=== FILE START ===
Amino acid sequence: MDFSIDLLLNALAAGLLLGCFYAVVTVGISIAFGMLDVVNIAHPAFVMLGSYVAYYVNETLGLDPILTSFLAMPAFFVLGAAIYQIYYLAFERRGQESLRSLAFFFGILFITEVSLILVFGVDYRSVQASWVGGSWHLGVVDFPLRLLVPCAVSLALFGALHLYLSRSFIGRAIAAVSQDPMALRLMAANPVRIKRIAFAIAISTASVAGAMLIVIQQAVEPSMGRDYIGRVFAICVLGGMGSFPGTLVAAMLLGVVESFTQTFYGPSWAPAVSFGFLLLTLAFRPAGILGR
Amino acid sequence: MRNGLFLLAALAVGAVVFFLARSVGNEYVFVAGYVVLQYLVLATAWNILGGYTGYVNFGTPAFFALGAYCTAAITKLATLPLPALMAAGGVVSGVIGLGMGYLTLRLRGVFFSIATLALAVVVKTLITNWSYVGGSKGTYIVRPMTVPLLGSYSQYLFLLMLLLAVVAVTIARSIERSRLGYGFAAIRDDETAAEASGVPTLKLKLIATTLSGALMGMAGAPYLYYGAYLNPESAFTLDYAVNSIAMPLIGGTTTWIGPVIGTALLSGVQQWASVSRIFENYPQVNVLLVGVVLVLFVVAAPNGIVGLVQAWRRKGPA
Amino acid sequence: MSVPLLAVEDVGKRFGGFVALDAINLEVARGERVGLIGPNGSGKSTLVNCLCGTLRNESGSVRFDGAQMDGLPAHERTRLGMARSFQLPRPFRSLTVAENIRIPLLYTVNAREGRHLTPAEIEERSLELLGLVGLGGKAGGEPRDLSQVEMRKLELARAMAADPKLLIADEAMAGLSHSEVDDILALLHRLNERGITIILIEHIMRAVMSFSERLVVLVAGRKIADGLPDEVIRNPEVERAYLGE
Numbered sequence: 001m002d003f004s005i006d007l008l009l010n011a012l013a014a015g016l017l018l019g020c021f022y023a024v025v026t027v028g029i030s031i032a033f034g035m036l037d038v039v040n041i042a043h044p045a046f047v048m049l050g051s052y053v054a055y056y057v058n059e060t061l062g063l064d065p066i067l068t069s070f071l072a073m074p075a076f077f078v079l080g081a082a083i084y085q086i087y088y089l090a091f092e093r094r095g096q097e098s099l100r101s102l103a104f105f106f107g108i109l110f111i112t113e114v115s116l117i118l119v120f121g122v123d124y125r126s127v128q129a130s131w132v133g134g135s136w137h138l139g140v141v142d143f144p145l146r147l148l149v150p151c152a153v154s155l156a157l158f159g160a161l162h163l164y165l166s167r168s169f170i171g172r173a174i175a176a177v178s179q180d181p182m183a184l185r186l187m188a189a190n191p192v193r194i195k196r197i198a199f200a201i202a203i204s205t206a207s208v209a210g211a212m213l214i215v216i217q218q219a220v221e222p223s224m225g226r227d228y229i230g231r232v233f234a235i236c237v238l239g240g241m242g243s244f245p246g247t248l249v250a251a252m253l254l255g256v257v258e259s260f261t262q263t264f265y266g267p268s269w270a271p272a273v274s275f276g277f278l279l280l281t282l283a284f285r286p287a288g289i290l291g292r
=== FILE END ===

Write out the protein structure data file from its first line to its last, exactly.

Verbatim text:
Amino acid sequence: MDFSIDLLLNALAAGLLLGCFYAVVTVGISIAFGMLDVVNIAHPAFVMLGSYVAYYVNETLGLDPILTSFLAMPAFFVLGAAIYQIYYLAFERRGQESLRSLAFFFGILFITEVSLILVFGVDYRSVQASWVGGSWHLGVVDFPLRLLVPCAVSLALFGALHLYLSRSFIGRAIAAVSQDPMALRLMAANPVRIKRIAFAIAISTASVAGAMLIVIQQAVEPSMGRDYIGRVFAICVLGGMGSFPGTLVAAMLLGVVESFTQTFYGPSWAPAVSFGFLLLTLAFRPAGILGR
Amino acid sequence: MRNGLFLLAALAVGAVVFFLARSVGNEYVFVAGYVVLQYLVLATAWNILGGYTGYVNFGTPAFFALGAYCTAAITKLATLPLPALMAAGGVVSGVIGLGMGYLTLRLRGVFFSIATLALAVVVKTLITNWSYVGGSKGTYIVRPMTVPLLGSYSQYLFLLMLLLAVVAVTIARSIERSRLGYGFAAIRDDETAAEASGVPTLKLKLIATTLSGALMGMAGAPYLYYGAYLNPESAFTLDYAVNSIAMPLIGGTTTWIGPVIGTALLSGVQQWASVSRIFENYPQVNVLLVGVVLVLFVVAAPNGIVGLVQAWRRKGPA
Amino acid sequence: MSVPLLAVEDVGKRFGGFVALDAINLEVARGERVGLIGPNGSGKSTLVNCLCGTLRNESGSVRFDGAQMDGLPAHERTRLGMARSFQLPRPFRSLTVAENIRIPLLYTVNAREGRHLTPAEIEERSLELLGLVGLGGKAGGEPRDLSQVEMRKLELARAMAADPKLLIADEAMAGLSHSEVDDILALLHRLNERGITIILIEHIMRAVMSFSERLVVLVAGRKIADGLPDEVIRNPEVERAYLGE
Numbered sequence: 001m002d003f004s005i006d007l008l009l010n011a012l013a014a015g016l017l018l019g020c021f022y023a024v025v026t027v028g029i030s031i032a033f034g035m036l037d038v039v040n041i042a043h044p045a046f047v048m049l050g051s052y053v054a055y056y057v058n059e060t061l062g063l064d065p066i067l068t069s070f071l072a073m074p075a076f077f078v079l080g081a082a083i084y085q086i087y088y089l090a091f092e093r094r095g096q097e098s099l100r101s102l103a104f105f106f107g108i109l110f111i112t113e114v115s116l117i118l119v120f121g122v123d124y125r126s127v128q129a130s131w132v133g134g135s136w137h138l139g140v141v142d143f144p145l146r147l148l149v150p151c152a153v154s155l156a157l158f159g160a161l162h163l164y165l166s167r168s169f170i171g172r173a174i175a176a177v178s179q180d181p182m183a184l185r186l187m188a189a190n191p192v193r194i195k196r197i198a199f200a201i202a203i204s205t206a207s208v209a210g211a212m213l214i215v216i217q218q219a220v221e222p223s224m225g226r227d228y229i230g231r232v233f234a235i236c237v238l239g240g241m242g243s244f245p246g247t248l249v250a251a252m253l254l255g256v257v258e259s260f261t262q263t264f265y266g267p268s269w270a271p272a273v274s275f276g277f278l279l280l281t282l283a284f285r286p287a288g289i290l291g292r